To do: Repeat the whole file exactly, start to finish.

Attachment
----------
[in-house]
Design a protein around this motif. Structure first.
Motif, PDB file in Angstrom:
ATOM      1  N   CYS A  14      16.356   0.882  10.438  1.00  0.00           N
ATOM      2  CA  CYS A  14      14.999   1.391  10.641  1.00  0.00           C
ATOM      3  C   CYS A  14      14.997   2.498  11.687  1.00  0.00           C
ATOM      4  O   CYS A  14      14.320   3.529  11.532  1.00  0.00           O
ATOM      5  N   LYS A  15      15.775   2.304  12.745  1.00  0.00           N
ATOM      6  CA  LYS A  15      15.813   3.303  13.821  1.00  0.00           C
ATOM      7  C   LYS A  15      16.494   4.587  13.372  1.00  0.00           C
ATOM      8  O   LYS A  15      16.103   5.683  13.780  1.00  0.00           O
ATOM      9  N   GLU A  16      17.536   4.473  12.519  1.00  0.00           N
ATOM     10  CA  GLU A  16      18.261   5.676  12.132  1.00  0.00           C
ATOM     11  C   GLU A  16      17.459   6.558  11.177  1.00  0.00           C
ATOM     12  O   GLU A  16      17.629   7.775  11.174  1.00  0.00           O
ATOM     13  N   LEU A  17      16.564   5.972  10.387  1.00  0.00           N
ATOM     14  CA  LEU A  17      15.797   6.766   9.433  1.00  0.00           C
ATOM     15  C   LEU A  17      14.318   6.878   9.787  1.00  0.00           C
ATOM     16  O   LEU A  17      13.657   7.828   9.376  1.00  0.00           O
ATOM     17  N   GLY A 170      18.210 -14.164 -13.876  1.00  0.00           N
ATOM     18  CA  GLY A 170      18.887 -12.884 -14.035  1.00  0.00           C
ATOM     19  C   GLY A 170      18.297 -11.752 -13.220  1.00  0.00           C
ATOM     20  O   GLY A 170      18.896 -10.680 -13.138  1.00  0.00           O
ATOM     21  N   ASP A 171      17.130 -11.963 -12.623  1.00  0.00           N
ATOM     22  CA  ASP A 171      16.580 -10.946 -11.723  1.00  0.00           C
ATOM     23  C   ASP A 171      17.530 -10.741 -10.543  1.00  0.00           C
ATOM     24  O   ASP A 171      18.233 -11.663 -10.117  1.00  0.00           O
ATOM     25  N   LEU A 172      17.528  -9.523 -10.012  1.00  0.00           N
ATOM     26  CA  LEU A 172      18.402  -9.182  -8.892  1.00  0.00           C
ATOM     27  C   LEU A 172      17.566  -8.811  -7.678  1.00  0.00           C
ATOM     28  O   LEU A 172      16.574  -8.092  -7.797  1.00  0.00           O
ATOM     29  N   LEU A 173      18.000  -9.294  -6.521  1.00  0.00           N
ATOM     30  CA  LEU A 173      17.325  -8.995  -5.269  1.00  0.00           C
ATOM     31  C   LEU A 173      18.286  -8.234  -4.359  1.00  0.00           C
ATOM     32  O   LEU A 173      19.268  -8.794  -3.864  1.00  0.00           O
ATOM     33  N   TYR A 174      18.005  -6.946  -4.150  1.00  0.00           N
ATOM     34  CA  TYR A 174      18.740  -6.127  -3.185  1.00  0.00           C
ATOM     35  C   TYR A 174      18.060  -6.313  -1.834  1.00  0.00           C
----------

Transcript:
[in-house]
Design a protein around this motif. Structure first.
Motif, PDB file in Angstrom:
ATOM      1  N   CYS A  14      16.356   0.882  10.438  1.00  0.00           N
ATOM      2  CA  CYS A  14      14.999   1.391  10.641  1.00  0.00           C
ATOM      3  C   CYS A  14      14.997   2.498  11.687  1.00  0.00           C
ATOM      4  O   CYS A  14      14.320   3.529  11.532  1.00  0.00           O
ATOM      5  N   LYS A  15      15.775   2.304  12.745  1.00  0.00           N
ATOM      6  CA  LYS A  15      15.813   3.303  13.821  1.00  0.00           C
ATOM      7  C   LYS A  15      16.494   4.587  13.372  1.00  0.00           C
ATOM      8  O   LYS A  15      16.103   5.683  13.780  1.00  0.00           O
ATOM      9  N   GLU A  16      17.536   4.473  12.519  1.00  0.00           N
ATOM     10  CA  GLU A  16      18.261   5.676  12.132  1.00  0.00           C
ATOM     11  C   GLU A  16      17.459   6.558  11.177  1.00  0.00           C
ATOM     12  O   GLU A  16      17.629   7.775  11.174  1.00  0.00           O
ATOM     13  N   LEU A  17      16.564   5.972  10.387  1.00  0.00           N
ATOM     14  CA  LEU A  17      15.797   6.766   9.433  1.00  0.00           C
ATOM     15  C   LEU A  17      14.318   6.878   9.787  1.00  0.00           C
ATOM     16  O   LEU A  17      13.657   7.828   9.376  1.00  0.00           O
ATOM     17  N   GLY A 170      18.210 -14.164 -13.876  1.00  0.00           N
ATOM     18  CA  GLY A 170      18.887 -12.884 -14.035  1.00  0.00           C
ATOM     19  C   GLY A 170      18.297 -11.752 -13.220  1.00  0.00           C
ATOM     20  O   GLY A 170      18.896 -10.680 -13.138  1.00  0.00           O
ATOM     21  N   ASP A 171      17.130 -11.963 -12.623  1.00  0.00           N
ATOM     22  CA  ASP A 171      16.580 -10.946 -11.723  1.00  0.00           C
ATOM     23  C   ASP A 171      17.530 -10.741 -10.543  1.00  0.00           C
ATOM     24  O   ASP A 171      18.233 -11.663 -10.117  1.00  0.00           O
ATOM     25  N   LEU A 172      17.528  -9.523 -10.012  1.00  0.00           N
ATOM     26  CA  LEU A 172      18.402  -9.182  -8.892  1.00  0.00           C
ATOM     27  C   LEU A 172      17.566  -8.811  -7.678  1.00  0.00           C
ATOM     28  O   LEU A 172      16.574  -8.092  -7.797  1.00  0.00           O
ATOM     29  N   LEU A 173      18.000  -9.294  -6.521  1.00  0.00           N
ATOM     30  CA  LEU A 173      17.325  -8.995  -5.269  1.00  0.00           C
ATOM     31  C   LEU A 173      18.286  -8.234  -4.359  1.00  0.00           C
ATOM     32  O   LEU A 173      19.268  -8.794  -3.864  1.00  0.00           O
ATOM     33  N   TYR A 174      18.005  -6.946  -4.150  1.00  0.00           N
ATOM     34  CA  TYR A 174      18.740  -6.127  -3.185  1.00  0.00           C
ATOM     35  C   TYR A 174      18.060  -6.313  -1.834  1.00  0.00           C